Being smitten. In my experience, should the adult schizoid fall in love with someone who reminds him of his rejecting parent he will often describe himself as 'being smitten'; 'smitten' is the past participle of to smite, and to be smitten is to be disastrously and deeply affected as one falls in love, as though one has sustained a severe blow. The British frequently describe falling in love this way; I doubt that national partiality to that word is accidental. [The author of this article, which can be found on the internet, is a Canadian psychiatrist.]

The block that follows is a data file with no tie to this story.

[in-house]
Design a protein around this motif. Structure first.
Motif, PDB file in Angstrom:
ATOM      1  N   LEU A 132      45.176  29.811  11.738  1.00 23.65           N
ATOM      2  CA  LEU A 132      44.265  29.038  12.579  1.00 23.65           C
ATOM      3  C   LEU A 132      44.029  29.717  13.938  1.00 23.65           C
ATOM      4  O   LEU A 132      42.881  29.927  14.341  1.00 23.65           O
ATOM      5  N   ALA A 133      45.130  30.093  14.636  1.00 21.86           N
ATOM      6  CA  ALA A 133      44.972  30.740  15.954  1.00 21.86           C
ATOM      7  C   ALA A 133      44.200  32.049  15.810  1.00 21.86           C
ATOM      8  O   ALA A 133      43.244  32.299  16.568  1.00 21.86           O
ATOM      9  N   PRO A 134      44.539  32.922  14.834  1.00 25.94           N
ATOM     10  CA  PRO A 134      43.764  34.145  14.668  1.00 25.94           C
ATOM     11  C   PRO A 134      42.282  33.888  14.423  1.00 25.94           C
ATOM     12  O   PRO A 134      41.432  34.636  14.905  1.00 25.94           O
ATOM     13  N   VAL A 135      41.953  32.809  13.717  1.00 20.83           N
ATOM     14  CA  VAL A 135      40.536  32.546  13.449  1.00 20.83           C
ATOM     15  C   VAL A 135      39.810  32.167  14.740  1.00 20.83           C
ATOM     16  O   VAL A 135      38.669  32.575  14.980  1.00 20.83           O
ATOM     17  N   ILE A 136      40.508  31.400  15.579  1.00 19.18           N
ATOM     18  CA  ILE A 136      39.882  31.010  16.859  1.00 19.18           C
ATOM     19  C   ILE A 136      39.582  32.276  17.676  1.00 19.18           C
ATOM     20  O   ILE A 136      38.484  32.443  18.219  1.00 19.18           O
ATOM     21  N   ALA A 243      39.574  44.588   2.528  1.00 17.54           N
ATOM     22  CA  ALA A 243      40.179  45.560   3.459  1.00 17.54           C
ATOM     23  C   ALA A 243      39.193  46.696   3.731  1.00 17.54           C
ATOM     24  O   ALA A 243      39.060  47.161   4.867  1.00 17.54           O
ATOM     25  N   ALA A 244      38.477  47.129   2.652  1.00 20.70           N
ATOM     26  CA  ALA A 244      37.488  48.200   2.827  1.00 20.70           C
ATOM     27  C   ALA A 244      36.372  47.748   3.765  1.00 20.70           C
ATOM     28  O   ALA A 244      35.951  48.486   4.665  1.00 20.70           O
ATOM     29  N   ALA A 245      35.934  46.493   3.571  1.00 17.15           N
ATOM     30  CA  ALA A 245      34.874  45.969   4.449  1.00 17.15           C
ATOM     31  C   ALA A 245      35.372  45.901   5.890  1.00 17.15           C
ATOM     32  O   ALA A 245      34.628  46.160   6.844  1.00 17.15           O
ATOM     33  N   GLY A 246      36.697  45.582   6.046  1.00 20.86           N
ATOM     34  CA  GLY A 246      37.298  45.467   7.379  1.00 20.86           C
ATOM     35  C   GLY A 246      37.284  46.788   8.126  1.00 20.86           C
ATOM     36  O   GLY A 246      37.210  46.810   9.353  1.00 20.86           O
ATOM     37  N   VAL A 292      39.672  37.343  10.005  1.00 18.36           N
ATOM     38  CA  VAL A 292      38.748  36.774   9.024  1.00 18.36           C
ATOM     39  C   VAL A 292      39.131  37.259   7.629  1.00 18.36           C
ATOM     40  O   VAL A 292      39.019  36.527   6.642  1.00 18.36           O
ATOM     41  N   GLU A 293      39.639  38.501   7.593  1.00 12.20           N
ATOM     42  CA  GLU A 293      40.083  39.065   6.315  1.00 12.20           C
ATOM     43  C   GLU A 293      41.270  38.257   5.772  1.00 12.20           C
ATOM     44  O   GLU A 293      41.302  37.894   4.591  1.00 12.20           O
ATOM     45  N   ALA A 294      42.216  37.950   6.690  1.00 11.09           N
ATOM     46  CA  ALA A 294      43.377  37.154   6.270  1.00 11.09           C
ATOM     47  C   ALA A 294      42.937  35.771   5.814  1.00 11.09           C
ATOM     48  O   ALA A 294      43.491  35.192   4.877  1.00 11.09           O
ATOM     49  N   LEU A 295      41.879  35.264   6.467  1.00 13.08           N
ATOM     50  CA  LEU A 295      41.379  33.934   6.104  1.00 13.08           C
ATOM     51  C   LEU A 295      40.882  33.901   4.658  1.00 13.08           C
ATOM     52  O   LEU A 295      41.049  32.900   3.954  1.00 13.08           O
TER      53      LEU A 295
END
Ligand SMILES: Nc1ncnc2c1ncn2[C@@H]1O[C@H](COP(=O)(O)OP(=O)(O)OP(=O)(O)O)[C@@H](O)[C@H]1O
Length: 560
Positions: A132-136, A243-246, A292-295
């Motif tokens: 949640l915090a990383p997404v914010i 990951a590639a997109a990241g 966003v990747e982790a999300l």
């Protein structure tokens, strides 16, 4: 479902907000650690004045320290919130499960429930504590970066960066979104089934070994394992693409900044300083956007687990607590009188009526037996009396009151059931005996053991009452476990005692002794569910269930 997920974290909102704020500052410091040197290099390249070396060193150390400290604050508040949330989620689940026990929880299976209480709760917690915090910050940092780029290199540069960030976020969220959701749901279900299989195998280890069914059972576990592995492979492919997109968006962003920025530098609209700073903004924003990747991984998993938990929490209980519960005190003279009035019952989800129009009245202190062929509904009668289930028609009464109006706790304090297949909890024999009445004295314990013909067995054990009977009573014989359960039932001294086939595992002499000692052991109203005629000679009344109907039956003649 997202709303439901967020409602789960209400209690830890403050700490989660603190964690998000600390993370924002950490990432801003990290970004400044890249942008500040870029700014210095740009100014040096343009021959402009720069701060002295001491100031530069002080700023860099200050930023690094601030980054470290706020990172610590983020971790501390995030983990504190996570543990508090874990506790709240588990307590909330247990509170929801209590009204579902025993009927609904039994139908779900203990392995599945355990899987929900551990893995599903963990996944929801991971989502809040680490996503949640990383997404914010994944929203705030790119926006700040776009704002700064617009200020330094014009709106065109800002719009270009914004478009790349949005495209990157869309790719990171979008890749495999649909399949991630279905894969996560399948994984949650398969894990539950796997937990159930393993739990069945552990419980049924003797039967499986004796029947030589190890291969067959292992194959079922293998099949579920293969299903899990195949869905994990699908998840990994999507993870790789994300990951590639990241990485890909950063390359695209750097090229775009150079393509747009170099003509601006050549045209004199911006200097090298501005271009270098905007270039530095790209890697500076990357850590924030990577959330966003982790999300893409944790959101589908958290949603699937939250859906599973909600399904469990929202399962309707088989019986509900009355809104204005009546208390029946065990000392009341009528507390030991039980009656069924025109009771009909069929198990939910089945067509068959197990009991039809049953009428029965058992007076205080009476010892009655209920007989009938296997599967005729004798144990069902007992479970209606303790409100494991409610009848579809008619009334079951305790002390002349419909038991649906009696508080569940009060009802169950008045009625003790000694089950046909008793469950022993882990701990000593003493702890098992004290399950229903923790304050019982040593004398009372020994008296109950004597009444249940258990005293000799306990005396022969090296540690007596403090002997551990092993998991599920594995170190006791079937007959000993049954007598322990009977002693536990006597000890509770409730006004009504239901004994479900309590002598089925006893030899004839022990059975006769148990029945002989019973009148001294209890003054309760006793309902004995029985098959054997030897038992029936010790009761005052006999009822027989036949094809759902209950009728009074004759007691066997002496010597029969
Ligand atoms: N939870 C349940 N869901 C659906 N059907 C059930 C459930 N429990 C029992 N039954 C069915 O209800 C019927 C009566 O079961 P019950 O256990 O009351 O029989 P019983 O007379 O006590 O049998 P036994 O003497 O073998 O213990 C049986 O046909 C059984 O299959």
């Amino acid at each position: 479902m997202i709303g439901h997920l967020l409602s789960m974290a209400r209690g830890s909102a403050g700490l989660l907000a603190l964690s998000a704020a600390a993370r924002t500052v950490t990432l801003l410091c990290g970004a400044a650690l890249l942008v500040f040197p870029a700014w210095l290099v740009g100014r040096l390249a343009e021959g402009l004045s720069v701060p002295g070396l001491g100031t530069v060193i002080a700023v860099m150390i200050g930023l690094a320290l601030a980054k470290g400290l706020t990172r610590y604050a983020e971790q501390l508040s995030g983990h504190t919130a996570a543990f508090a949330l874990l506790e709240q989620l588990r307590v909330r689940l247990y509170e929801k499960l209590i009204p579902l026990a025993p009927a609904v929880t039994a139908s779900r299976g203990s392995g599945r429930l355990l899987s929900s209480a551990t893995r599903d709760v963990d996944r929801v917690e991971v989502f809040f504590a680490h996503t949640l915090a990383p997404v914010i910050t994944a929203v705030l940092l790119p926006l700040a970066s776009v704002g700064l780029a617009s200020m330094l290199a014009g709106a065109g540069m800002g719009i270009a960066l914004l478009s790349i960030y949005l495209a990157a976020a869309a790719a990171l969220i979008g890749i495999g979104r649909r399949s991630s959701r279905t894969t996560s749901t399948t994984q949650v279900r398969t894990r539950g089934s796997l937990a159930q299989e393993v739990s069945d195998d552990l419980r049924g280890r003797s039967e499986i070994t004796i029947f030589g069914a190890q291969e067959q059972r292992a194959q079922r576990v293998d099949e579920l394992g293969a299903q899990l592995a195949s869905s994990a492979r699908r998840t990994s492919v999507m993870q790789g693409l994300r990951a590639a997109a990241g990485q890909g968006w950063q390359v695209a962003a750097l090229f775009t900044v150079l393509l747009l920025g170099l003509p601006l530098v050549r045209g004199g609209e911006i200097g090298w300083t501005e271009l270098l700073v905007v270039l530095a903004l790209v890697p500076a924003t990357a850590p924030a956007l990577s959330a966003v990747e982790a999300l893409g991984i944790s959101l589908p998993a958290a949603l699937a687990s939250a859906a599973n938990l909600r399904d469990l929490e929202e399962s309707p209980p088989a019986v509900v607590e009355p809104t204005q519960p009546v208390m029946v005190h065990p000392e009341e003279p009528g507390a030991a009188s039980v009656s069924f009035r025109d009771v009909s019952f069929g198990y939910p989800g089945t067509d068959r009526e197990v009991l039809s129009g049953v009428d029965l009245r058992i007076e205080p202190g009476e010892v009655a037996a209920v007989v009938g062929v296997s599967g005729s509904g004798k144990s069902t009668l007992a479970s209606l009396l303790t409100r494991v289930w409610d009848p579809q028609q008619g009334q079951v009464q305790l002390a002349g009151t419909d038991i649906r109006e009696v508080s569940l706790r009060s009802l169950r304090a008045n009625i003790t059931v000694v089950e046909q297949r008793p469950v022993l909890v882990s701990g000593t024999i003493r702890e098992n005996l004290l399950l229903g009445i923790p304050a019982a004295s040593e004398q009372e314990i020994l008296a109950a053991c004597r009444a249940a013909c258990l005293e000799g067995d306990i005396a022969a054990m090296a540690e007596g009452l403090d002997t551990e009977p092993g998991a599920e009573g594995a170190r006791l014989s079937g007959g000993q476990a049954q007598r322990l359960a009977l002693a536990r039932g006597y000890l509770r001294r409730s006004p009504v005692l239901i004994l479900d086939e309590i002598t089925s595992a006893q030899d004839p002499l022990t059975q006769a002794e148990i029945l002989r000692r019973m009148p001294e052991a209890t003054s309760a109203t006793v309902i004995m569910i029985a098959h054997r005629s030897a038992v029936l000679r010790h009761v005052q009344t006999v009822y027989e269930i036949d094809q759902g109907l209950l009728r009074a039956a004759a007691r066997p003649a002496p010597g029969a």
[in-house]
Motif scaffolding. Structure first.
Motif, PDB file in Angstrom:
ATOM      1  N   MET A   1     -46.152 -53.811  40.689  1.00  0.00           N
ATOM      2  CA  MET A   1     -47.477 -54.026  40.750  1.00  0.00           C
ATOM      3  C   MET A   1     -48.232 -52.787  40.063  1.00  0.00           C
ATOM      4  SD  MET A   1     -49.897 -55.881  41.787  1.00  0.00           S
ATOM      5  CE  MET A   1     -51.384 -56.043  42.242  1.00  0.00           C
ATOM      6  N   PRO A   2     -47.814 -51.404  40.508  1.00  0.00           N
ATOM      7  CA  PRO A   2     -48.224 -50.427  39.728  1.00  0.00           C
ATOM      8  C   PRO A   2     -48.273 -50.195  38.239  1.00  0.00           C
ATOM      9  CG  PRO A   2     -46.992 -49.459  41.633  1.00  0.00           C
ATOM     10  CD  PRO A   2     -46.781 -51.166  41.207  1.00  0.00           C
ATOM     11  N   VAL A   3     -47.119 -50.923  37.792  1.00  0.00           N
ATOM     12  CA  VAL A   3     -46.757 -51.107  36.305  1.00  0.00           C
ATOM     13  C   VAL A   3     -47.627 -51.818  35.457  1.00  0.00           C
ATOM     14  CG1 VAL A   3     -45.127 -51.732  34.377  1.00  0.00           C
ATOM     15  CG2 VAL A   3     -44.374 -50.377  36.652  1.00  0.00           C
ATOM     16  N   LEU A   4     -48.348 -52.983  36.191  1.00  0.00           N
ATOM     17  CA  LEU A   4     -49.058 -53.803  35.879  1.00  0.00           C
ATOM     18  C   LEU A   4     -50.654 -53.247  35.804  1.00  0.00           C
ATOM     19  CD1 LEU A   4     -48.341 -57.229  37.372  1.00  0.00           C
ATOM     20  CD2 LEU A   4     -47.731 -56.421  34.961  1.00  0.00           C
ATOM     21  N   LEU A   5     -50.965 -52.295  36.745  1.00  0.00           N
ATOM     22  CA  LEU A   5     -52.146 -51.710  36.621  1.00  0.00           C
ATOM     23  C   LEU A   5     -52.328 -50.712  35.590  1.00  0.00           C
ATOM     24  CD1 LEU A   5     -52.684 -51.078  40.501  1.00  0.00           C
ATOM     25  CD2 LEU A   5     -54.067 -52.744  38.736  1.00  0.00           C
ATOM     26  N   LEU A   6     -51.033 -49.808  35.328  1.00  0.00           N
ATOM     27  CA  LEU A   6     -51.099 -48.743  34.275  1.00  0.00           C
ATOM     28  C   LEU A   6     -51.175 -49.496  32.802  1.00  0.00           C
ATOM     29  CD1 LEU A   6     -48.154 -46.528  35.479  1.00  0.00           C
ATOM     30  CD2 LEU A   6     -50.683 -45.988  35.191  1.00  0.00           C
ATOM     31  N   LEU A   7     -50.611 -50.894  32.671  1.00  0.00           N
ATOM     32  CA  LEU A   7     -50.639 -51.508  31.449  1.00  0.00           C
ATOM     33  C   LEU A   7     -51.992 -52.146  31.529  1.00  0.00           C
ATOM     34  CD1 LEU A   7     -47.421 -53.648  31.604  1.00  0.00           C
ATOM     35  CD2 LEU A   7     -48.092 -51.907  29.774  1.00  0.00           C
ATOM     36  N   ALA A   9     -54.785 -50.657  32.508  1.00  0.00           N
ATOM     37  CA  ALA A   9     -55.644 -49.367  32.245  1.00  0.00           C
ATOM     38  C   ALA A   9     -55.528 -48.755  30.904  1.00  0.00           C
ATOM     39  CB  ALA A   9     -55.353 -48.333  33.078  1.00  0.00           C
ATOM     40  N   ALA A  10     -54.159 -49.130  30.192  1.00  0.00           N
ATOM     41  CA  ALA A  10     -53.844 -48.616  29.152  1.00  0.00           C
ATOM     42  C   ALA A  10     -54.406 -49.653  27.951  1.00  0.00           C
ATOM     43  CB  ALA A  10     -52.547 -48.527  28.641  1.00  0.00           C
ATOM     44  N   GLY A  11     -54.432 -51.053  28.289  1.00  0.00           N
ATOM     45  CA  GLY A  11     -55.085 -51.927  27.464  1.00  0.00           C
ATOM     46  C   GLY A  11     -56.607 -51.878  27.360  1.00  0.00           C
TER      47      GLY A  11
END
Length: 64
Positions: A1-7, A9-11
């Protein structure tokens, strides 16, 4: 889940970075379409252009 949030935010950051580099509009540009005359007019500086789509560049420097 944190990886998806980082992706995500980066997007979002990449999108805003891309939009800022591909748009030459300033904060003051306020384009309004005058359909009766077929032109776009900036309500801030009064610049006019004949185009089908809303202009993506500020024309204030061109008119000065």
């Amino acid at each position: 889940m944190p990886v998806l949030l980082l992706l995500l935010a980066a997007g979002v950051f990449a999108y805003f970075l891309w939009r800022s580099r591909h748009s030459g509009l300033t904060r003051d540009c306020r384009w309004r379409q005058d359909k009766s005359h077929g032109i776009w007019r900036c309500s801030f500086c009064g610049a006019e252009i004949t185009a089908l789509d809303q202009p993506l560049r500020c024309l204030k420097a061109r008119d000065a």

Pickiness and Prickliness. On the other hand, when more nurturing people come along, the schizoid will often dream, guiltily, that he or she is being disloyal to the parent imago, betraying a pact. This intense, internal backlash derives from a pathological superego, which unlike that in a loved child, is anti-libidinal. The schizoid child has a conscience that has made love a crime. Conscience always incites us to scrupulously pour over events and see them in a moral light; the schizoid's conscience demands he focus on the new love interest in an active, picky, prosecutorial, fault-finding way. Love becomes about as pleasant as litigation, for both parties. To avoid feeling picky, he may try to withdraw or simply enter a defensive, turned off state, finding the potential lover 'boring' or 'a turn off'. He has gone into total affect shut-down. Or he may become prickly, and chronically irritable so that others know not to approach.Under the skin, the wish for merger or fusion. Should the love object 'get under the skin', the schizoid person feels taken over; being smitten releases his own pent-up wish to merger and cling that was appropriate in early childhood, but never satisfied at that time; his own longing gives rise to the fear that he will lose the external boundary that exists between himself and the exciting love object. He feels as if the love object is possessing him, in the sense of spirit possession.